Charles Wisniewski has plenty to reminisce over as he celebrates this year’s 25th anniversary of his family’s ownership of Teddy’s Transportation System of Norwalk, Conn.
Wisniewski was 16 when his father Ted called a family meeting to discuss buying one of two enterprises: a small, nondescript hotel in Leadville, Colo., or a struggling limousine company in Fairfield County, Conn.
The fact that the limousine company was only a mile away from the Wisniewski home and that it came with an Avis Rent-A -Car franchise and a fleet of taxis should have made it a shoo in, but it didn’t.
It wasn’t until Ted Wisniewski mentioned the name of the limo service, Teddy’s, that the family demanded he make the purchase.
Two years later, Charles Wisniewski left home to pursue a business degree at the University of Connecticut. There, he would gain some of the skills necessary to help run the family business.
After graduating, Wisniewski served as vice president at Teddy’s. Among other duties, he was responsible for the pricing and promotion of the company’s services and products. His family elected him president after his father died in 1995.
Wisniewski’s mother, Shelly, currently serves as senior partner while his brother and sister, Teddy and Linda Bento, are partners.
Teddy’s has a fleet of 18 sedans, four stretch limousines and a Turtle ‘Top, 10-passenger executive transporter. The company has 35 to 40 full- and part-time employees.
Wisniewski credits Teddy’s with being among the first to seek changes in limousine interiors from coachbuilders.
“We had issues with the two-seat and center console design,” says Wisniewski. “A lot of our business is not cocktail related; it’s funeral homes and transporting families back and forth to the airport.”
Teddy’s approached Empire, a coachbuilder at the time, and had its workers remove the center console from two Lincoln stretches to build a true six-passenger limousine. Soon after, the six-passenger became an industry trend.
Throughout the past 25 years, Teddy’s has been an industrious entity in the livery business.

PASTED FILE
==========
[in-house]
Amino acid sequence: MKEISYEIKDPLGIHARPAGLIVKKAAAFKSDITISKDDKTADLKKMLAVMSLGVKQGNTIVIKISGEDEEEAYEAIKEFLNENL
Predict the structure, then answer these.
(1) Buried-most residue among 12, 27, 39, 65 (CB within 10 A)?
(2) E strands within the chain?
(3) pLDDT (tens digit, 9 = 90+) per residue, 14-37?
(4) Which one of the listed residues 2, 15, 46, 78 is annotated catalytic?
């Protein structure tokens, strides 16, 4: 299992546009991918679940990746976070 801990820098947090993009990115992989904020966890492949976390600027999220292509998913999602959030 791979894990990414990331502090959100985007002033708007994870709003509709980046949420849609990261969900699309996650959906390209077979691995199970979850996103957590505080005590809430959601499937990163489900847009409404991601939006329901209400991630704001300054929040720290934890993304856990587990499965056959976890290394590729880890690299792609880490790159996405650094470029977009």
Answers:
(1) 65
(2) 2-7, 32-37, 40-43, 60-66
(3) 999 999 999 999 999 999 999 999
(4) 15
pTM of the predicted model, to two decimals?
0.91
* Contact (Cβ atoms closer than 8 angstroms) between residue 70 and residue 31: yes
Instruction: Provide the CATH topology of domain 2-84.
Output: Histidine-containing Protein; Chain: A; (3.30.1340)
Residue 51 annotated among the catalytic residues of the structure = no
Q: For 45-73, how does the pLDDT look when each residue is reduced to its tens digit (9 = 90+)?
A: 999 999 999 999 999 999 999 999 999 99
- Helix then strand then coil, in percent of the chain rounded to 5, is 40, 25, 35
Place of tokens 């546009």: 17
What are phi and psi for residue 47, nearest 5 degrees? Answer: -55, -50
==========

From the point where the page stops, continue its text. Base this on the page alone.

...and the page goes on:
In the mid 19805s, a driver at Teddy’s was ticketed and fined by the New York City Taxi & Limousine Commission for transporting a client into Connecticut. “The fine was hefty and we didn’t think we owed it because Teddy’s had permits from the Interstate Commerce Commission to pick up clients in New York and transport them into Connecticut," Wisniewski says.
As legal fees drove up the costs even higher, Wisniewski encouraged his father to form the Limousine Operators of Connecticut to represent the area’s operators.
The association was not successful at beating the fine but subsequent actions by the LOC proved its value to the industry. In August 1988, the association set up a sting to combat illegal operators in Connecticut.
“We arranged it so that five [illegal] limousine companies [using non-permit plates] would pick up people we knew and drive them to Bridgeport Airport and drop them off at 15-minute intervals,” Wisniewski says. When the drivers arrived at the airport, agents of the Connecticut Department of Transportation, the Department of Motor Vehicles, the State Police, and the press greeted them.
“The chauffeurs were immediately arrested for transporting passengers without proper permits, their illegal license plates were confiscated, and their cars towed,” he recalls.
Wisniewski shares credit for many of these accomplishments with his father but has made a name for himself through his own contributions to the livery industry.
He is a five-year member of the National Limousine Association Board of Directors and served as president in 1993. He also helped write the language for the Connecticut General Assembly to upgrade the laws governing livery vehicles.